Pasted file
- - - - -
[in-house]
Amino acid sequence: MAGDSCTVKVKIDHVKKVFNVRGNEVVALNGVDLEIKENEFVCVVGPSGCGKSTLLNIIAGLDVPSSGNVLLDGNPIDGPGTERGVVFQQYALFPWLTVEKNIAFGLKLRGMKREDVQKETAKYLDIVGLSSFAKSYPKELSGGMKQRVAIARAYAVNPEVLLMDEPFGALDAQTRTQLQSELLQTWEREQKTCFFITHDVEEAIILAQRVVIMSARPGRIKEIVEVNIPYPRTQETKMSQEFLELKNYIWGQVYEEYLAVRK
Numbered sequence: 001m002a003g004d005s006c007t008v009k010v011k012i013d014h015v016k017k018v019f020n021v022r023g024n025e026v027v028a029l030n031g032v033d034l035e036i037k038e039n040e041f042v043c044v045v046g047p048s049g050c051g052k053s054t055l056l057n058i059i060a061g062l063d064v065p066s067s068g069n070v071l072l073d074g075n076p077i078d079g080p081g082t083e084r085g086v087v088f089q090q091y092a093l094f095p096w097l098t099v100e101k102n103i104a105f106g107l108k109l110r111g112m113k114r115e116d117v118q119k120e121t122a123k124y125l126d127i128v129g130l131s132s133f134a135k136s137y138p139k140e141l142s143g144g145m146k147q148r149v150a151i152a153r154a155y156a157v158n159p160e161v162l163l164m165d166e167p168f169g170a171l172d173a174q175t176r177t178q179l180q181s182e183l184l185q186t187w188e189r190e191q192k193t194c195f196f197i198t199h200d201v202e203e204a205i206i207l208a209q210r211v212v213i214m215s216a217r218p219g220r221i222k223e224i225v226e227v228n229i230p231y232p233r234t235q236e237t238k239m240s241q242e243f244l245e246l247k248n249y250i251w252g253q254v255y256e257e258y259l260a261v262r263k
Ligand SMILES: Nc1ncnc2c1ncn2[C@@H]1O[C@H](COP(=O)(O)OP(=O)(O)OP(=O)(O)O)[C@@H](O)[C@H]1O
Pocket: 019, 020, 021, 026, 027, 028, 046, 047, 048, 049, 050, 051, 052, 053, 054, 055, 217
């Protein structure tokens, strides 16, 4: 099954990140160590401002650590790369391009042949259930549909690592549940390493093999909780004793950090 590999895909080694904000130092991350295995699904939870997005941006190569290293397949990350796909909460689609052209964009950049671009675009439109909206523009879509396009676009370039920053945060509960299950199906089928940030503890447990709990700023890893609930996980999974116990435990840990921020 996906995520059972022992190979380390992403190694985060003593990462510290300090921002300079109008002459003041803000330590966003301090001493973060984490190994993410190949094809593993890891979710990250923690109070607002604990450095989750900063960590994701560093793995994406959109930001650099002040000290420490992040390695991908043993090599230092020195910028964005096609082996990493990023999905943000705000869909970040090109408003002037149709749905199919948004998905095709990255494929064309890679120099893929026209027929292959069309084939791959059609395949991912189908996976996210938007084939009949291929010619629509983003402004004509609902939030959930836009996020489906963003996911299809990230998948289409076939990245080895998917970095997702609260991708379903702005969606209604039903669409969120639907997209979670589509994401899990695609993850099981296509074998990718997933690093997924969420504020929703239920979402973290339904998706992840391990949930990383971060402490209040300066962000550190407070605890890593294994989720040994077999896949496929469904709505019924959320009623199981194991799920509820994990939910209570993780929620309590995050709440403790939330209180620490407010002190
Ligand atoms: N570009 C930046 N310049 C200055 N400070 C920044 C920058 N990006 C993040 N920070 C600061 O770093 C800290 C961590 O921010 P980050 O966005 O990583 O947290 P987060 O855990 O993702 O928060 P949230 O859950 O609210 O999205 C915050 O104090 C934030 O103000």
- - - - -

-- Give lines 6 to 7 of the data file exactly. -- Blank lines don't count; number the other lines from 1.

């Protein structure tokens, strides 16, 4: 099954990140160590401002650590790369391009042949259930549909690592549940390493093999909780004793950090 590999895909080694904000130092991350295995699904939870997005941006190569290293397949990350796909909460689609052209964009950049671009675009439109909206523009879509396009676009370039920053945060509960299950199906089928940030503890447990709990700023890893609930996980999974116990435990840990921020 996906995520059972022992190979380390992403190694985060003593990462510290300090921002300079109008002459003041803000330590966003301090001493973060984490190994993410190949094809593993890891979710990250923690109070607002604990450095989750900063960590994701560093793995994406959109930001650099002040000290420490992040390695991908043993090599230092020195910028964005096609082996990493990023999905943000705000869909970040090109408003002037149709749905199919948004998905095709990255494929064309890679120099893929026209027929292959069309084939791959059609395949991912189908996976996210938007084939009949291929010619629509983003402004004509609902939030959930836009996020489906963003996911299809990230998948289409076939990245080895998917970095997702609260991708379903702005969606209604039903669409969120639907997209979670589509994401899990695609993850099981296509074998990718997933690093997924969420504020929703239920979402973290339904998706992840391990949930990383971060402490209040300066962000550190407070605890890593294994989720040994077999896949496929469904709505019924959320009623199981194991799920509820994990939910209570993780929620309590995050709440403790939330209180620490407010002190
Ligand atoms: N570009 C930046 N310049 C200055 N400070 C920044 C920058 N990006 C993040 N920070 C600061 O770093 C800290 C961590 O921010 P980050 O966005 O990583 O947290 P987060 O855990 O993702 O928060 P949230 O859950 O609210 O999205 C915050 O104090 C934030 O103000």